What Are Heirloom Flowers? Plus, 5 Easy-Growing Varieties

Vintage Burpee flower seed catalog

Whether you are a beginner gardener or someone who has been gardening for a long time, you have probably heard the term “heirloom”. So, what are heirloom flowers? To put it simply, an heirloom flower is a flower that is open-pollinated and that dates back at least 50 years. Hybrid flowers, on the other hand, are varieties derived from new seed or crossed with other flowers to yield desired traits such as heat resistance or height.

While both hybrid and heirloom flowers have characteristics that make them special, heirlooms have a distinct reputation when it comes to growing a memorable garden. Many gardeners save seeds of their favorite heirloom flower varieties to pass down generationally. From sunshine-loving marigolds to night-blooming moonflowers, there are heirloom flowers that suit anyone’s garden!

How Are Heirloom Flowers Created?

Heirloom flowers are created when open pollination occurs. Open pollination is a biological process in which plants are pollinated by insects, birds, wind or humans. Heirlooms are not hybridized, meaning they are not the offspring of two different parent varieties. The seeds that are produced by an heirloom are true to their breed, meaning they will exhibit traits of their parent plants.

Why Grow Heirloom Flowers?

The beauty of growing heirloom plants, aside from their beauty, lies in tradition. When you think about a family heirloom, usually it is a meaningful antique or gift that is passed down from generation to generation. The same idea applies to heirloom seeds. Think about your grandmother’s favorite flowers. Do they evoke a special memory or feeling when you think about them? Maybe they have a comforting scent that brings back old memories.

Heirlooms are typically easy to grow, even if you’re a beginner gardener. With their high germination and success rates, heirlooms are a great choice if you are just starting your garden. Below are 5 beautiful heirloom flower varieties that will win your heart over for many growing seasons to come.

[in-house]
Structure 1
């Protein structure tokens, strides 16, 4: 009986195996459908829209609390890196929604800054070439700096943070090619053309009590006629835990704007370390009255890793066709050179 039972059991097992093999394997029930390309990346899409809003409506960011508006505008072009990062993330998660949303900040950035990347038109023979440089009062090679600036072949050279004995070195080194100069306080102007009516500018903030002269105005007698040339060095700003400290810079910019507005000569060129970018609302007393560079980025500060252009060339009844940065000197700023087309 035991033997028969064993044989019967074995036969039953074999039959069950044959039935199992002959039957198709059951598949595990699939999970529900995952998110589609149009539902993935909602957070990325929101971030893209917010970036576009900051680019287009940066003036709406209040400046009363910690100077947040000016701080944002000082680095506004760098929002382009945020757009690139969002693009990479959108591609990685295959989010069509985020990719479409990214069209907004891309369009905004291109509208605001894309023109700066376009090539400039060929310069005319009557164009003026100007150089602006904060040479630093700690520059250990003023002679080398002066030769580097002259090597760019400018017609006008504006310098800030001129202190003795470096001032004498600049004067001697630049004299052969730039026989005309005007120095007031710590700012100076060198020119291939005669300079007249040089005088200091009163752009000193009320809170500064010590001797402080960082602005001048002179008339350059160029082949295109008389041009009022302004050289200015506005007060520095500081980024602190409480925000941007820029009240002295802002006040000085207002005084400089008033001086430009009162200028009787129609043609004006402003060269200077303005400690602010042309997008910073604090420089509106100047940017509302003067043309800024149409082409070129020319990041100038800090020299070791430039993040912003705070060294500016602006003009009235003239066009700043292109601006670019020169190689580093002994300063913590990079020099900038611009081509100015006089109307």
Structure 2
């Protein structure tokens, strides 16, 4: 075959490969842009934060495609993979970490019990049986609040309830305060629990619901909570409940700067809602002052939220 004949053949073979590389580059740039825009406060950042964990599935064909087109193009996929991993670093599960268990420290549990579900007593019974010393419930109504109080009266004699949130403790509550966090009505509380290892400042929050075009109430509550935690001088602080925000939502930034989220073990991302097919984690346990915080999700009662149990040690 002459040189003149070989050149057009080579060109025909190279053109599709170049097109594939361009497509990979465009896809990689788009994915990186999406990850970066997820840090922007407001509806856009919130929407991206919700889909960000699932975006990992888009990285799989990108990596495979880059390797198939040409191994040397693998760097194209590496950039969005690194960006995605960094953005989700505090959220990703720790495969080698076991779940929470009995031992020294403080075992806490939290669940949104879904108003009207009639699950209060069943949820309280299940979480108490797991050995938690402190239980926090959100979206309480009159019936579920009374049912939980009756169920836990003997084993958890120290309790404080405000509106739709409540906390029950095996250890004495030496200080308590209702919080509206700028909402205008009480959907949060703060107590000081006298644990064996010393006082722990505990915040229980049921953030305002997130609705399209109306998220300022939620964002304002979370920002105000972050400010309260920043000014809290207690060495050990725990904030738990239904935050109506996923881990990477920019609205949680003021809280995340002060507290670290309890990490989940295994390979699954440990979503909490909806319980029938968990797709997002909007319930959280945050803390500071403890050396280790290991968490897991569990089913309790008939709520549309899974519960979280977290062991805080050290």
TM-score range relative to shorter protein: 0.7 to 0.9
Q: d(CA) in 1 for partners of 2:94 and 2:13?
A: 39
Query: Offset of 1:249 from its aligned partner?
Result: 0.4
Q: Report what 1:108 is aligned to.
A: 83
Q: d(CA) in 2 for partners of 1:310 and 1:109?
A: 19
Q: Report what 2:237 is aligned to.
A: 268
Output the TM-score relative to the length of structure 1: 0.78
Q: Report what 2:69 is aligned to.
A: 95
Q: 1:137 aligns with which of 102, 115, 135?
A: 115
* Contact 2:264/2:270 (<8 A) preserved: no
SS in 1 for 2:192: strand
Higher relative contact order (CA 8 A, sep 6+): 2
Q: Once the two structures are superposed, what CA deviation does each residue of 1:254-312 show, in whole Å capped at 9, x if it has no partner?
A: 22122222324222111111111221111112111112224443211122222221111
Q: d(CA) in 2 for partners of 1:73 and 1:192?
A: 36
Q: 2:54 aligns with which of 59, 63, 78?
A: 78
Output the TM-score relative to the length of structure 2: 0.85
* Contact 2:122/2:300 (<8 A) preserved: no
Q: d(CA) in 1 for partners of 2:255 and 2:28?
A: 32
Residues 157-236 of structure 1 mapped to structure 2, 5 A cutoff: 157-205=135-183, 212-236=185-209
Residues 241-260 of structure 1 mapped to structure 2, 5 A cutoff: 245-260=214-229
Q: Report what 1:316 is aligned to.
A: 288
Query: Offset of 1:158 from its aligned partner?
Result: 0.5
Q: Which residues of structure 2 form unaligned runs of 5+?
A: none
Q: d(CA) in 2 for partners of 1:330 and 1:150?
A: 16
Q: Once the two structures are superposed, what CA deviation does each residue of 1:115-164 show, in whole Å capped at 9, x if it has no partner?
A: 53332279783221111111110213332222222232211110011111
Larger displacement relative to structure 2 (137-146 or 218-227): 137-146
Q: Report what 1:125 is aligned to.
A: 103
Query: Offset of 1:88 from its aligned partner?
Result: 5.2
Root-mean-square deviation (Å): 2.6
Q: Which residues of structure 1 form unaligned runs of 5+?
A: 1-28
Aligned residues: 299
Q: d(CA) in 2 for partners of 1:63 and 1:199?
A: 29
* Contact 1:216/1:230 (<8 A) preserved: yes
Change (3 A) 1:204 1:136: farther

5 Heirloom Flower Recommendations

Heirloom Zinnia 'Cactus Flowered Mix'Heirloom Zinnia 'Cactus Flowered Mix'

1. ‘Cactus Flowered Mix’ Zinnia

Not only do zinnias add bold color to your garden, but they also make the perfect rest stop for spring and summer pollinators such as bees and butterflies. Introduced by Burpee in 1921, ‘Cactus Flowered Mix’ zinnias bring texture to bouquets and borders with their unique quilled petals. Since these love the sun, they pair well with other sun-loving flowers such as sunflowers and sweet peas.

Heirloom Sunflower 'Mammoth'Heirloom Sunflower 'Mammoth'

2. ‘Mammoth’ Sunflower

The towering ‘Mammoth’ sunflower catches the eye in any garden setting. Since these giants are so tall, place them towards the back of your garden to let shorter flowers thrive in the front. This creates the effect of a “live bouquet”. Why stop appreciating your sunflowers after their season is over? ‘Mammoth’ provides an abundance of seeds that can be saved or eaten!

Heirloom Poppy 'Hungarian Blue'Heirloom Poppy 'Hungarian Blue'

3. ‘Hungarian Blue’ Poppy

With its captivating purple color and stunning height, this poppy is like no other. ‘Hungarian Blue’ is delicately beautiful with thin petals and lingering seed pods. These poppies make great additions to any flower arrangement and complement the outer borders of gardens.

Heirloom Cosmos 'Sensation Mix'Heirloom Cosmos 'Sensation Mix'

4. ‘Sensation Mix’ Cosmos

Cosmos are especially beautiful because of their varying colors and vibrance. All-time classic ‘Sensation Mix’ cosmos are also resistant to many common plant diseases such as powdery mildew, root rot and blight. Being a beginner gardener or even someone with a few growing seasons under their belt, we can all appreciate the fulfillment of growing a healthy flower!

Heirloom Nasturtium 'Vesuvius'Heirloom Nasturtium 'Vesuvius'

5. ‘Vesuvius’ Nasturtium

Not only are nasturtiums container-friendly, but they are also edible! They pair well in salads and with other vegetables grown in the garden. Orange ‘Vesuvius’ nasturtiums will bring some bright color to your beds and some peppery flavor to your plate.

Want to grow heirloom vegetables, too? Check out our selection, including many varieties first introduced by Burpee!

Written by Caranne Ingram

Born and raised in upstate New York, Caranne Ingram received her Bachelor of Science in Horticulture from Delaware Valley University in Doylestown, PA. Her love for nature, the outdoors, and the plant-human connection is what motivates her to change the world, one seed at a time.

January 4, 2022
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